I can still smell the snow. I was 6 years old, fresh off the plane from the Philippines. My mom, brother and I changed at the airport into hand-me-down snowsuits and winter coats. My dad and uncle picked us up in a 1980s Cadillac Coupe.
We drove for what felt like an hour, but in hindsight, it was more likely less than 15 minutes. That was the first time I felt Spenard’s windy, curvy roads. We turned at the palm tree and went down West 30th Avenue. This street, the apartment complex right in the middle, became home for the next three years.
My grandmother’s unit was upstairs. It was small and only had two bedrooms, but it was always full of people. I can’t say exactly how many of us lived there — lots of family members were coming in and out — but I never felt alone.
It was a hub, a launching pad if you will, for my family starting out. My grandma’s house was always the first stop for anyone coming in from the Philippines for the first time. My aunts and uncles, who lived and worked in Dutch Harbor most of the year, spent their breaks with us. Every weekend, it felt like my grandma’s house was the gathering place for Filipinos on the west side.
I didn’t know all the connotations that came with being from Spenard or living in the neighborhood. I didn’t know it was one of the less desirable parts of town. It was just home for me. Looking back, it was the best introduction I could have had to America — what America really looks like.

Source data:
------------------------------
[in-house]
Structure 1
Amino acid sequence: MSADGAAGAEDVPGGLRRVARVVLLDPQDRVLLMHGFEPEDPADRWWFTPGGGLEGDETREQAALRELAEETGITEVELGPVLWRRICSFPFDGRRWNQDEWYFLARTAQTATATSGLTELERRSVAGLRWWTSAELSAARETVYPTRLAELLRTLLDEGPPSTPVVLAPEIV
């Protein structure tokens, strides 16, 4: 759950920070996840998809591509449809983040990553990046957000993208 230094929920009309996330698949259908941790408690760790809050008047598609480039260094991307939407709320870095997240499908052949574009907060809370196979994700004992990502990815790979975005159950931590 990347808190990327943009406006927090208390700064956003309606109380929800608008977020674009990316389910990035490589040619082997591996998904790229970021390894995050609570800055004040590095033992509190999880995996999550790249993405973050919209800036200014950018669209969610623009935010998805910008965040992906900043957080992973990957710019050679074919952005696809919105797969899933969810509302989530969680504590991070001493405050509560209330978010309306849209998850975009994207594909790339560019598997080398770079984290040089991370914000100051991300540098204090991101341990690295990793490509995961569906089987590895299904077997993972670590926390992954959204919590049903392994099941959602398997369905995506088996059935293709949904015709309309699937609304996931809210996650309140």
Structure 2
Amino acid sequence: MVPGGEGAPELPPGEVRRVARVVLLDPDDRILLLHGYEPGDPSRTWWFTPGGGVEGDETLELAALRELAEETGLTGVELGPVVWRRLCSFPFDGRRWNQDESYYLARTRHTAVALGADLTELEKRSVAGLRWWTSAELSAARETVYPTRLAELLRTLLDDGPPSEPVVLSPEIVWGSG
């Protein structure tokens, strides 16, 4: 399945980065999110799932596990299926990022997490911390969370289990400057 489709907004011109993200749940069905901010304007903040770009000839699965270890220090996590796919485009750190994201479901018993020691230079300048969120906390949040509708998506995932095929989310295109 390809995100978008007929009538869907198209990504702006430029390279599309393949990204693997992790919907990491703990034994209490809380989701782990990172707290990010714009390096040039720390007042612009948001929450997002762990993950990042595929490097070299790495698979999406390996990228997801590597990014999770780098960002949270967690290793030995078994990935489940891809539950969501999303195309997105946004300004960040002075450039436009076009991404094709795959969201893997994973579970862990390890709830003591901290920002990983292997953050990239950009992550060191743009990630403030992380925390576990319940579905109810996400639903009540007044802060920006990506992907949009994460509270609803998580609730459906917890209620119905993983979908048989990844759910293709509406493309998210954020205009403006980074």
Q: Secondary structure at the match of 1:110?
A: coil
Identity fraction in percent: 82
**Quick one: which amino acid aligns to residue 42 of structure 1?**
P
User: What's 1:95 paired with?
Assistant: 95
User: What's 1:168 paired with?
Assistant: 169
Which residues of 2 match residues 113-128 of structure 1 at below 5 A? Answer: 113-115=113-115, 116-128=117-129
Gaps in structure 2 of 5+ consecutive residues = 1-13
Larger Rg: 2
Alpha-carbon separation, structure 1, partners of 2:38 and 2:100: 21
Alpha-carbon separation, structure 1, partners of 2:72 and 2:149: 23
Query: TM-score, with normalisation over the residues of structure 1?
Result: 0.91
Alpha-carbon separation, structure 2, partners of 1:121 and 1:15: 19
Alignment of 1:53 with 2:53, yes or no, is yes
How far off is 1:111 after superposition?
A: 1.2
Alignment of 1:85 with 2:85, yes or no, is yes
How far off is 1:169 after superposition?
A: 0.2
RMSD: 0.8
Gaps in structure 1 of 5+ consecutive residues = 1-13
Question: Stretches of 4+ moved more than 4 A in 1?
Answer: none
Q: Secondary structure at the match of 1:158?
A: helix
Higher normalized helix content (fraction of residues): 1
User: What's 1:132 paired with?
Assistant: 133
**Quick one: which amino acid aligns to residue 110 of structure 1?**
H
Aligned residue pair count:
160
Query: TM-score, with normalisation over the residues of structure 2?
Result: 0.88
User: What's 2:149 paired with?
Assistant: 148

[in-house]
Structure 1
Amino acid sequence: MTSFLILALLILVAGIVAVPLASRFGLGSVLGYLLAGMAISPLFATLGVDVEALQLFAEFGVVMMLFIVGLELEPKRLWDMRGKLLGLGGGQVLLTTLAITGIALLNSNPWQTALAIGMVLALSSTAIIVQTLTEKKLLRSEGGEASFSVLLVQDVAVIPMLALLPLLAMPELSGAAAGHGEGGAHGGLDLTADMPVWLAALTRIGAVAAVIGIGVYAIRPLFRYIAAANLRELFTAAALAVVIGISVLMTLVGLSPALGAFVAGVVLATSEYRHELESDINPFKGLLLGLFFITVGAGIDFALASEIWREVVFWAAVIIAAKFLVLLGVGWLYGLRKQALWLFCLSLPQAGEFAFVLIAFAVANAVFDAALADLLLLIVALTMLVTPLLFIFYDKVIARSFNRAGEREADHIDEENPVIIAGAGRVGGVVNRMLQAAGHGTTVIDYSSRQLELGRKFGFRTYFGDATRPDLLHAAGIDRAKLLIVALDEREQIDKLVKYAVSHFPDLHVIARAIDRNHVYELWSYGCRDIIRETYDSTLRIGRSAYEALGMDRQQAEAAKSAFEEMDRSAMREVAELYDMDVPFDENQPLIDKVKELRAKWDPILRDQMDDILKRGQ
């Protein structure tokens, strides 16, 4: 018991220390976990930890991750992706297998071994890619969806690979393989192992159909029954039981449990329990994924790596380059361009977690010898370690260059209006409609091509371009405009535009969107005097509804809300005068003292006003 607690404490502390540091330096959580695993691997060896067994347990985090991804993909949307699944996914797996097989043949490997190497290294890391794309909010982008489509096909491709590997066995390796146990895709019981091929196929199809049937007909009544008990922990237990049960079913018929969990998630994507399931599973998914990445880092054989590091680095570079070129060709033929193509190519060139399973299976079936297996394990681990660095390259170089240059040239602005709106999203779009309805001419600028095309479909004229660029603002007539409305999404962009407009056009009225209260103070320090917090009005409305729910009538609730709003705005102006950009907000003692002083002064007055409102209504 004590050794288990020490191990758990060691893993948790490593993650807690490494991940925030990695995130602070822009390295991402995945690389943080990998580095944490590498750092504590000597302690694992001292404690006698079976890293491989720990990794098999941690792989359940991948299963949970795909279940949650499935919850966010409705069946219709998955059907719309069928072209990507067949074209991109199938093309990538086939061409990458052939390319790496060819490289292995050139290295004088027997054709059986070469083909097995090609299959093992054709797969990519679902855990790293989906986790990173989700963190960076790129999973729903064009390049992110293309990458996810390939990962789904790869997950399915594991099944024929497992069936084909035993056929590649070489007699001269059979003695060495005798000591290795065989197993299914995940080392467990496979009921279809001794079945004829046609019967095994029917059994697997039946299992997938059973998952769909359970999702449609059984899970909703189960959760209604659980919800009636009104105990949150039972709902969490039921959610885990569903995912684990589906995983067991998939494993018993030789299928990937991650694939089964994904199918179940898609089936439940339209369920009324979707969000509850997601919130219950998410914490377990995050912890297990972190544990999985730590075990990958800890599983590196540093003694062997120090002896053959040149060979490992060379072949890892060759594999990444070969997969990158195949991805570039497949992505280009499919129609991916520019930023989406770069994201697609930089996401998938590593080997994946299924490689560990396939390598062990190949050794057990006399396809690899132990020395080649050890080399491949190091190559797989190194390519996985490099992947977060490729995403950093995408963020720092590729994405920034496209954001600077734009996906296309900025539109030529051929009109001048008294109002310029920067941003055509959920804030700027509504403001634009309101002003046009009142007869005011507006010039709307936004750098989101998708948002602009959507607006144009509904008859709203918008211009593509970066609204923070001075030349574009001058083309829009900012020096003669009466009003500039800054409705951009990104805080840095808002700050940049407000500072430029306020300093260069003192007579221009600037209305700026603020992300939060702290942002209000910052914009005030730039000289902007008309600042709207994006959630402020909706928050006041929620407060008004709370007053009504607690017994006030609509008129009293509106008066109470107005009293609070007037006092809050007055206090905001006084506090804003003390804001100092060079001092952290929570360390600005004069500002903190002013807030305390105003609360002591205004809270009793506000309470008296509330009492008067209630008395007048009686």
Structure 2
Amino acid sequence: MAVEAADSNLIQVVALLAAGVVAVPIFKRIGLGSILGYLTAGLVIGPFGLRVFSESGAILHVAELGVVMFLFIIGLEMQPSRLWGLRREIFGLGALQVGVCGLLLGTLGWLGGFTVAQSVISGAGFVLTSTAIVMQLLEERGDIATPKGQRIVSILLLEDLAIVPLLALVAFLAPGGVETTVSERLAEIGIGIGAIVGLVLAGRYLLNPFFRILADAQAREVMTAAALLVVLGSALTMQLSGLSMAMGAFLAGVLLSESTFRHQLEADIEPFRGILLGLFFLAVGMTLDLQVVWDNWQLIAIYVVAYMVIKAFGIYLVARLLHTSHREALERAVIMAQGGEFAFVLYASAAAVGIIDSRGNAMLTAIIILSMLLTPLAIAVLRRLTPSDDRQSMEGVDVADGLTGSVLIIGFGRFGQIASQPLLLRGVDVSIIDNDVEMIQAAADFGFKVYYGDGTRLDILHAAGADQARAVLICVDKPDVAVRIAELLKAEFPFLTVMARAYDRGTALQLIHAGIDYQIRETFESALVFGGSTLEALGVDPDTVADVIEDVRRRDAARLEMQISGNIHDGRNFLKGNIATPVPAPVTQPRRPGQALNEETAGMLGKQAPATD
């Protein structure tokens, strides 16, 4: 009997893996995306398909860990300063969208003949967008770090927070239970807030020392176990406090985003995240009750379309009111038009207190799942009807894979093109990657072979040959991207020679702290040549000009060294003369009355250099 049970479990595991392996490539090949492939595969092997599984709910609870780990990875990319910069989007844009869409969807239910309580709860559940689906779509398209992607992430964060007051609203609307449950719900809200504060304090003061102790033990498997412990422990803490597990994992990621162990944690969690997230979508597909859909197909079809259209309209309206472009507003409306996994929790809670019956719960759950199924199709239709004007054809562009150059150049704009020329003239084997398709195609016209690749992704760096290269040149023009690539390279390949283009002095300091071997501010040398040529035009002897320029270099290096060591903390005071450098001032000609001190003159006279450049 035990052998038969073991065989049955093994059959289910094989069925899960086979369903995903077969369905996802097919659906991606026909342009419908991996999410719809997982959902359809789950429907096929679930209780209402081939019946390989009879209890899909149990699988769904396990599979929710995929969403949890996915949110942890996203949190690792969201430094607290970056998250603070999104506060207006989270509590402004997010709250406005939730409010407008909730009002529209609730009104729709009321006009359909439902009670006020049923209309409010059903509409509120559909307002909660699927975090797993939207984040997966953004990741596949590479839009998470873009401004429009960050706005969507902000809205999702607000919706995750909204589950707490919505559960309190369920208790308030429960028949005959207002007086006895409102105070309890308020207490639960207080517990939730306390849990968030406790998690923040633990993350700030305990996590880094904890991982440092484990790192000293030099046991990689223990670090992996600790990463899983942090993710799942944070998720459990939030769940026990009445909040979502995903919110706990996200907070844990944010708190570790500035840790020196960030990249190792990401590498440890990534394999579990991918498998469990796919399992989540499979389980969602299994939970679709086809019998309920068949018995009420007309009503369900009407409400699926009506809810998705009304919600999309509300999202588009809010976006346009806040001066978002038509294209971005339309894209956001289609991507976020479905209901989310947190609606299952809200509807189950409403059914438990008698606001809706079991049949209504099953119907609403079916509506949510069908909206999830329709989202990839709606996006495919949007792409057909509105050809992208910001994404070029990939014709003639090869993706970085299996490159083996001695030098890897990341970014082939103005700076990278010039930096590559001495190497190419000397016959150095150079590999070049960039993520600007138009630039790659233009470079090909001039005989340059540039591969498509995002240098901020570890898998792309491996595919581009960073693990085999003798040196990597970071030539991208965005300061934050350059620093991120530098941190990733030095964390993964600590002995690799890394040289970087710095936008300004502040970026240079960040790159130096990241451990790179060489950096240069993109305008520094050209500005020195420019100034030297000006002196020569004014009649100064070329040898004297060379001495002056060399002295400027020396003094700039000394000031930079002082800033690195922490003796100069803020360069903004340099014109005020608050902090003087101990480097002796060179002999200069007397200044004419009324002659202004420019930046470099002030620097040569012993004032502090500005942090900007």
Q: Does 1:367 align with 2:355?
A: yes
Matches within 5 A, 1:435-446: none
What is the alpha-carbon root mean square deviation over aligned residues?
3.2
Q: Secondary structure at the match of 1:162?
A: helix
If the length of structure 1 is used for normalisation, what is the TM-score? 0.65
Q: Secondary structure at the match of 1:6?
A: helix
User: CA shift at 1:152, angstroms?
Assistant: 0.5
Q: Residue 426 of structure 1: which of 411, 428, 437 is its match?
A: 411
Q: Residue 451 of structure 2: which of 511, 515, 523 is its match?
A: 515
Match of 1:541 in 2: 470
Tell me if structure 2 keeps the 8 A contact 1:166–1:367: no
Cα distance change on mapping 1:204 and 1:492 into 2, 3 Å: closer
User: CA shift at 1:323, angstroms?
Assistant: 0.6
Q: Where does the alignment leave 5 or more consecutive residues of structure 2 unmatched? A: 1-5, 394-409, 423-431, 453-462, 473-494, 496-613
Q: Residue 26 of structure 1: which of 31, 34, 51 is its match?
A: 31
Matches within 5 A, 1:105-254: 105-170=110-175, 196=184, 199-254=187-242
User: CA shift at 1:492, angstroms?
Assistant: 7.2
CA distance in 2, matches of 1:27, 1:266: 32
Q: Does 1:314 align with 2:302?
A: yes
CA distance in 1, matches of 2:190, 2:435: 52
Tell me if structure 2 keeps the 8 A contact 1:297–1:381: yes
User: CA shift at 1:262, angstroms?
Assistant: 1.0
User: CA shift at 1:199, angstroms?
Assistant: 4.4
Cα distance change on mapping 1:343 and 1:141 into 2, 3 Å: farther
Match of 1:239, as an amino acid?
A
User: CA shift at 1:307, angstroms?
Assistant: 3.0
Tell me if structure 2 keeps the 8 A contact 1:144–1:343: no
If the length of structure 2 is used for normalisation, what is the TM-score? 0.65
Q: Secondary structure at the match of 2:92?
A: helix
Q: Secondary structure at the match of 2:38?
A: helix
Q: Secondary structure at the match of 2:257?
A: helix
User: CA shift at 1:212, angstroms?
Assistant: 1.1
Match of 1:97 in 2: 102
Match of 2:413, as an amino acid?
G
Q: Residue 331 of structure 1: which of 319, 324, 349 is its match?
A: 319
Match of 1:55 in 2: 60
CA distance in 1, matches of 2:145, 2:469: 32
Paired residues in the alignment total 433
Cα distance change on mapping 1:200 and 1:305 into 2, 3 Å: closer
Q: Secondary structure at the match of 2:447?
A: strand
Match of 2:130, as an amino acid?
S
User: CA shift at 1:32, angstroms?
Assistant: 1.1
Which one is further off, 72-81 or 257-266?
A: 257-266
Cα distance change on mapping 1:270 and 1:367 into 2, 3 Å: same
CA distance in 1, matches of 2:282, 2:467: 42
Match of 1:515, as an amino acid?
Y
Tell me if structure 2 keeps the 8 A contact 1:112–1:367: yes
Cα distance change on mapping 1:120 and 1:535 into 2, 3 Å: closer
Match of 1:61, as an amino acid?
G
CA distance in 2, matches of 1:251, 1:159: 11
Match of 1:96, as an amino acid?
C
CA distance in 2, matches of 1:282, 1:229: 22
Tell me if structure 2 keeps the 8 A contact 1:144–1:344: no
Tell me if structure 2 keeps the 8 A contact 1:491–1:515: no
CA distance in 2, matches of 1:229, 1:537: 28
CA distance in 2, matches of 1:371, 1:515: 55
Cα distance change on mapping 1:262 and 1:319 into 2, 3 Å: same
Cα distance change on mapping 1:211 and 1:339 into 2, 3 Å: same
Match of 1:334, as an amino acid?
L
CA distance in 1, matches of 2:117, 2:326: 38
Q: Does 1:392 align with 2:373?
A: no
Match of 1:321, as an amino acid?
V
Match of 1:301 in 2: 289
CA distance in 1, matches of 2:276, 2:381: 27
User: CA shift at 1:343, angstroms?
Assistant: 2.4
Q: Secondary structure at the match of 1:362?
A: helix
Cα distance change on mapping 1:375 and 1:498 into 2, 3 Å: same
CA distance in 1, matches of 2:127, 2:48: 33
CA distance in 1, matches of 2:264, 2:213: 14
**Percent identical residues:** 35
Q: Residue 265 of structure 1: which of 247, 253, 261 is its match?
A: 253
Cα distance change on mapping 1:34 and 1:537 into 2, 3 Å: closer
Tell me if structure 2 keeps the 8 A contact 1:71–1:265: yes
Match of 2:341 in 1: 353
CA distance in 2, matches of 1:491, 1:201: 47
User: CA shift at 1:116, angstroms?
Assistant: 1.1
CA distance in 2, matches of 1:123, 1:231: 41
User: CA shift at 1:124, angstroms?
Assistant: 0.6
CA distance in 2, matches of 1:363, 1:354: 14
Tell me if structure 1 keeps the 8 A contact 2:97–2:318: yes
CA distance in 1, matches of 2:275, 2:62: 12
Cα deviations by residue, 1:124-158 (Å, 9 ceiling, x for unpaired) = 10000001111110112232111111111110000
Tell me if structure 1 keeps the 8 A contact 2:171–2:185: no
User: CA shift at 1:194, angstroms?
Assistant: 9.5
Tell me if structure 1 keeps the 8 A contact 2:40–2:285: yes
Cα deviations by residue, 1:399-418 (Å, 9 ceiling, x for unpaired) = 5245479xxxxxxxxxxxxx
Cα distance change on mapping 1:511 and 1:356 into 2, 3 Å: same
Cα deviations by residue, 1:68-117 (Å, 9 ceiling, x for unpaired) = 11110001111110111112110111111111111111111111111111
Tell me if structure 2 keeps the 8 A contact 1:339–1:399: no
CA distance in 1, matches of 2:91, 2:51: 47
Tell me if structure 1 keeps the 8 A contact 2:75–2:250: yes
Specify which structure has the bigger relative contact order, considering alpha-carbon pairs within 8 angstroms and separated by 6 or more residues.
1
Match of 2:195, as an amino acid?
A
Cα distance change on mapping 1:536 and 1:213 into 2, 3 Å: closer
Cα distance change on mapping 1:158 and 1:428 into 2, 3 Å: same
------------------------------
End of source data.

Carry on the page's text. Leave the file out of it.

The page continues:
Our neighbors were from every walk of life. We watched out for each other, and for me, they taught me about life in Alaska.
My very first friend was a kid named Dennis who was Alaska Native. He taught me how to sled and pack snow to build a hill. He also taught me the different “kinds of snow” and what was good enough to make a snowball or a full-blown snowman. Dennis’ mom was also the first person to teach me what it meant to “have a snow day.”
I didn’t understand how important having those connections were back then, but people like Dennis and his mom were critical to navigating our new life in Alaska. To have people around who knew you needed to learn the ropes, and were willing to help you out even in the smallest way meant everything.
When I was 9, my parents purchased a lot and had a house built on the south side. My dad took me to the unfinished house one day, he walked me to where my bedroom would be and he said, “This is yours.”
In that moment, I thought about this concept I heard about in school. It was called the American Dream, and I really felt that our house exemplified it.
Our new neighborhood, housing-wise, was a bit homier than where we were in Spenard. We had our own yard, we got a dog and our neighbors were more than an arm’s length away from our front door. Within two years, we even welcomed a little brother and sister.
We were one of the first families on the block. The whole development was brand new, but in time people started trickling in. Many of our neighbors were just starting out or were young families, new to Alaska and to America.
We had neighbors from Macedonia, Thailand, Laos and, of course, the Philippines. I realized then it was my turn to be welcoming, just like how Dennis and his mom were to me and my family.
That’s a lesson I’ve taken with me — to stay humble, remember the people who have helped you and to give back where and when you can. My family’s been away from Spenard for more than a decade now, but the neighborhood will always be with me.